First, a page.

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We Talked With All 3 Playwrights Whose Shows Are Opening at NKU's Y.E.S Festival

It’s not so much the mystery, playwright Joe Starzyk likes best. It’s keeping an audience guessing. 

“The unknown allows a playwright a really large arena from which comedy can be mined. I love hearing an audience member say, ‘I didn't see that coming.’”

In It’s a Grand Night for Murder, part of the Y.E.S. (Year-End Series) at Northern Kentucky University, Starzyk sets up simple premise: An older man wants to kill his wife to be with his younger mistress. 

Of course, that’s just the beginning. Start the complications. Bring in the hitman – and the mysterious strangers. 

After writing plays in college studying playwriting in Oxford, England, Starzyk took a generation off. He’s back writing plays, many of them unexpected mysteries – and having them produced – after a 27-year hiatus. 

“I think life just happened,” Starzyk muses.  “Before you know it you are buying a house, raising a family, and your priorities shift. It was actually my youngest daughter going through her make your life hell phase that got me writing again. I wrote Wedding Secrets so that she and I could have a bonding experience and it went one to win multiple awards. The nice thing is when you return later in life, you start writing more parts for mature actors.”

He writes dramas, but comedy, he says, is the genre he’s most comfortable with. “I'll leave it to the therapists to decide where that comes from.”

Murder is definitely non-traditional and Starzyk said writing it was “liberating. There is no boiler plate formula. As long as there is some plausibility to the actions and the crime, then you are free to go wild. 

“Plus there is something delightful about a rich man wanting to get rid of his wife so he doesn't have to share the wealth, but needing to shop for a deal on a hit man.”

So -- if a detective walked into the show, who would it be? Columbo? Charlie Chan? Nero Wolfe? Miss Marple? Magnum, PI?

Starzyk laughed.

“My initial answer would be Columbo, but he'd be too clever to inject into the plot. I have to think about how I'd use each character.

“I decide – Magnum. He'd swagger in, but I would have most of the characters comment about his hair, or his porn star mustache. In fact, some would be certain they had seen him in a particular X-rated film. 

“There would be some references to Friends. Then there would be multiple attractions, and finally Magnum would wind up dead.”

It’s a Grand Night for Murder, 8 p.m. April 18, 19, 22 and 24, and 1 p.m. April 25. Corbett Theatre Fine Arts Center, NKU, Highland Heights. Tickets $14 adults, $11 seniors and $8 students. 859-572-5464 and www.theatre.nku.edu.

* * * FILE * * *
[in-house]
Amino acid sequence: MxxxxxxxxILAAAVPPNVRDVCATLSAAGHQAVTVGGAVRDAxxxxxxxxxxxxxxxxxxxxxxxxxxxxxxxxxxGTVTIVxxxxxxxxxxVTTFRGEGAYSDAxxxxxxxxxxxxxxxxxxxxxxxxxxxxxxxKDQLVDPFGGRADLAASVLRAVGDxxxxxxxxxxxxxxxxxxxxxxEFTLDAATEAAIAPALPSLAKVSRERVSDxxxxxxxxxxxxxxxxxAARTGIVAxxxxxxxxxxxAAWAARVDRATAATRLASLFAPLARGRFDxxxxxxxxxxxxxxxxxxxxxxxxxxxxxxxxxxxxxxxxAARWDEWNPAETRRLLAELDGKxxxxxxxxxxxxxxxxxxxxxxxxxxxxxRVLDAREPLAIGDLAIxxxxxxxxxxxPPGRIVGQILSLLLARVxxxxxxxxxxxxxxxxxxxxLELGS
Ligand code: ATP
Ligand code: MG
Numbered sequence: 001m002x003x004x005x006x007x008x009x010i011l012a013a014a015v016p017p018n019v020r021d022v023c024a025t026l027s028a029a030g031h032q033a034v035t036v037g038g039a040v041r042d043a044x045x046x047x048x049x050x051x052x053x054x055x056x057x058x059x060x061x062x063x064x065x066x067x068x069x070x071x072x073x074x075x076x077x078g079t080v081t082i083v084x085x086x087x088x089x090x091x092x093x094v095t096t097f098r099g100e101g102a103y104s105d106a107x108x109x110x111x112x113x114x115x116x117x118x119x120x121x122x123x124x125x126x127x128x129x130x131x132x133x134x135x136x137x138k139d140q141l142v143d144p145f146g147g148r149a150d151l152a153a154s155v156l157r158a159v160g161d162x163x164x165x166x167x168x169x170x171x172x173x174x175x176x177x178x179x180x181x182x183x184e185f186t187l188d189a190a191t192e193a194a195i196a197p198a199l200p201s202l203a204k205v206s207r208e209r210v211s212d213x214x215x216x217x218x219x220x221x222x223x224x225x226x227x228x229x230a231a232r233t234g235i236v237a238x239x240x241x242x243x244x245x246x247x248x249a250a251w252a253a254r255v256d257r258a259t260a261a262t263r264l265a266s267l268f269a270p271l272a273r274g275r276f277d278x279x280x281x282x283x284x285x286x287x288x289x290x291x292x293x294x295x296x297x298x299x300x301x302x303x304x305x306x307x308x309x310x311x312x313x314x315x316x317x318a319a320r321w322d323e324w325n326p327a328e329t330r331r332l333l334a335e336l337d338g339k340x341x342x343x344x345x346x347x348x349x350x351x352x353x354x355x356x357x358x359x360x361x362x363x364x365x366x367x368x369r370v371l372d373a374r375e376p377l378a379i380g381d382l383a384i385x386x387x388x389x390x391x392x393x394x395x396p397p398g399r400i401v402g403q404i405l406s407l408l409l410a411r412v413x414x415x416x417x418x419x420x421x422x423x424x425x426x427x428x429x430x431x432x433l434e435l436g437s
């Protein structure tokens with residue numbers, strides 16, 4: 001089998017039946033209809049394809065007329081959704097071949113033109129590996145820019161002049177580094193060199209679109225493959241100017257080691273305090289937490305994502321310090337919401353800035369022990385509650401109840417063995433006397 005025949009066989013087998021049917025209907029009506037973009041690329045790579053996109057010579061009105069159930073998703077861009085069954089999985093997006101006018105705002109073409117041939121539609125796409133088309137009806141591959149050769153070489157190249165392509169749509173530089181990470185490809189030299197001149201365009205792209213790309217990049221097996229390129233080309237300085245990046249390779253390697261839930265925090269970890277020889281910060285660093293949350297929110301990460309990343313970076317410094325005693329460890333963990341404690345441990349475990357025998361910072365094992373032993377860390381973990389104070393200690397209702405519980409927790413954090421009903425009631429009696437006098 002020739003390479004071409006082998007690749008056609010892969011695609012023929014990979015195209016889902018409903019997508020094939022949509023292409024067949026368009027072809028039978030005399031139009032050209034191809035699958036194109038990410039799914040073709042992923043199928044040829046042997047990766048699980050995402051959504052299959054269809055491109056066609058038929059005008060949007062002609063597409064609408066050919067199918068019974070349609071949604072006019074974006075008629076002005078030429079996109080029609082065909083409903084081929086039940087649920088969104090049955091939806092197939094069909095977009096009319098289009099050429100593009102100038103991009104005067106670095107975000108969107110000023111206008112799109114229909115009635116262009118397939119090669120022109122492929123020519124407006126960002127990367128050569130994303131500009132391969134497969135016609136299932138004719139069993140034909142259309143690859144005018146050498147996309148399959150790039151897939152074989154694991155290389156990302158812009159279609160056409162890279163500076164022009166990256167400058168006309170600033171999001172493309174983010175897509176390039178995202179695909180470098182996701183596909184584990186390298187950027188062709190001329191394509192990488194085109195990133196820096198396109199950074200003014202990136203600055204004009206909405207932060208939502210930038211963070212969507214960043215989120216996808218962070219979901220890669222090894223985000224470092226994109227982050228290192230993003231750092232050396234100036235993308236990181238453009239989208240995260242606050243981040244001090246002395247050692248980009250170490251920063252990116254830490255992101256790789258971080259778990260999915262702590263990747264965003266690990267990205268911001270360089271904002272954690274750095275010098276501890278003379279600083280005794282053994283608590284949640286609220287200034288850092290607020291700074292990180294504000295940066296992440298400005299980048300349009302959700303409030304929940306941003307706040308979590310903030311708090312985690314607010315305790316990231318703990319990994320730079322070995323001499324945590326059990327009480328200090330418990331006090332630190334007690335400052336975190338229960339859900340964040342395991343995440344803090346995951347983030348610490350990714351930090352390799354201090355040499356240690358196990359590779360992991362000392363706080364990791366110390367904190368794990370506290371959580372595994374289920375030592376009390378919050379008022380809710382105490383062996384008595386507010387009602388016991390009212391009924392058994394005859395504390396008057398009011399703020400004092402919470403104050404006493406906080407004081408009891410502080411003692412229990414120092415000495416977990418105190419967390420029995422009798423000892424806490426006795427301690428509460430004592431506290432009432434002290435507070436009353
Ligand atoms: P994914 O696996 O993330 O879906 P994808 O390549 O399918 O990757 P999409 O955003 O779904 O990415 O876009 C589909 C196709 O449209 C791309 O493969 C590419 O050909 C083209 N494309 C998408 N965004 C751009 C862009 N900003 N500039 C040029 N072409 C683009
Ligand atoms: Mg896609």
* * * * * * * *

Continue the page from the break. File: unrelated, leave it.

David Williams and his Divine Visitor


The Divine Visitor by David Williams is a Restoration comedy that brings our 21st century into the silly plot about a rake who decides to fake his death and return as a ghost. 

The play, says Williams, came together the way a lot of his plays do.

“I have a bunch of little ideas bouncing around in my head, but I don’t bother putting anything on the page until I can start seeing where at least two of these little ideas could work together and form an honest-to-goodness play.”  

With Divine Visitor, the ideas were time travel and Restoration comedy and an unexpected twist. He happily calls the play “a mash-up.”

Williams was tired of the tropes of time travel lit – “where the people from the present would find they had so much to learn from the people from the past. The idea that the wiser people were the ones who came from a time where women couldn’t vote and people owned other human beings rubbed me the wrong way.”

So he decided to write about the past learning from the future, the past being the Restoration, where rakes populated British stages, avoiding debt collectors and seducing married women and naïve virgins.

To mix it up a little more, there’s a ‘presence’ that watches the action from the viewpoint of a 21st century New York City woman. 

For Williams, Restoration comedies are “a guilty pleasure, full as they are of ridiculous and often morally repugnant people and situations, but I’ve always loved their commitment to language and everything it can do.  

“The characters are all witty in their own ways, spouting double entendres and plays on words on every page, and as a writer it’s a delightful challenge to be able to write for people this wonderfully loquacious.”